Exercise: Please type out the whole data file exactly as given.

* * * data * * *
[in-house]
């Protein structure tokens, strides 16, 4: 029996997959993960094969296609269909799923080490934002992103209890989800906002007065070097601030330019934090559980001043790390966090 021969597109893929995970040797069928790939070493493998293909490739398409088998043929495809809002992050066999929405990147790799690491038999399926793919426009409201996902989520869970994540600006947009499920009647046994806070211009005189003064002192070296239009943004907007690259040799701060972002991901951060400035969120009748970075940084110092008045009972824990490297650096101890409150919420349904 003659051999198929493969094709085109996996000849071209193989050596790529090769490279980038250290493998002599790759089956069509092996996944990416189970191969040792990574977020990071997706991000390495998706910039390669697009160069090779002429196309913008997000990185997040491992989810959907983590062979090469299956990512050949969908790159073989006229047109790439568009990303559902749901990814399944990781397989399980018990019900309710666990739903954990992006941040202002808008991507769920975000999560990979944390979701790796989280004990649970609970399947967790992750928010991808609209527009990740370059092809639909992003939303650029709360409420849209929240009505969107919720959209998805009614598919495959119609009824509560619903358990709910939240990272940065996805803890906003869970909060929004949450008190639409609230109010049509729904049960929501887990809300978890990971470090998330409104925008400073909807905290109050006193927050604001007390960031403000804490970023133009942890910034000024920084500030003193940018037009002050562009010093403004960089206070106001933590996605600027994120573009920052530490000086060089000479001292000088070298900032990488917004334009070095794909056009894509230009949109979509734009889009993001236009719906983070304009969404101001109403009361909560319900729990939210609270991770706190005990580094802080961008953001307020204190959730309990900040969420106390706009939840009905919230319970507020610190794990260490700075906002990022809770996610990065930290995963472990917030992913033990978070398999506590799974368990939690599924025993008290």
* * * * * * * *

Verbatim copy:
[in-house]
């Protein structure tokens, strides 16, 4: 029996997959993960094969296609269909799923080490934002992103209890989800906002007065070097601030330019934090559980001043790390966090 021969597109893929995970040797069928790939070493493998293909490739398409088998043929495809809002992050066999929405990147790799690491038999399926793919426009409201996902989520869970994540600006947009499920009647046994806070211009005189003064002192070296239009943004907007690259040799701060972002991901951060400035969120009748970075940084110092008045009972824990490297650096101890409150919420349904 003659051999198929493969094709085109996996000849071209193989050596790529090769490279980038250290493998002599790759089956069509092996996944990416189970191969040792990574977020990071997706991000390495998706910039390669697009160069090779002429196309913008997000990185997040491992989810959907983590062979090469299956990512050949969908790159073989006229047109790439568009990303559902749901990814399944990781397989399980018990019900309710666990739903954990992006941040202002808008991507769920975000999560990979944390979701790796989280004990649970609970399947967790992750928010991808609209527009990740370059092809639909992003939303650029709360409420849209929240009505969107919720959209998805009614598919495959119609009824509560619903358990709910939240990272940065996805803890906003869970909060929004949450008190639409609230109010049509729904049960929501887990809300978890990971470090998330409104925008400073909807905290109050006193927050604001007390960031403000804490970023133009942890910034000024920084500030003193940018037009002050562009010093403004960089206070106001933590996605600027994120573009920052530490000086060089000479001292000088070298900032990488917004334009070095794909056009894509230009949109979509734009889009993001236009719906983070304009969404101001109403009361909560319900729990939210609270991770706190005990580094802080961008953001307020204190959730309990900040969420106390706009939840009905919230319970507020610190794990260490700075906002990022809770996610990065930290995963472990917030992913033990978070398999506590799974368990939690599924025993008290």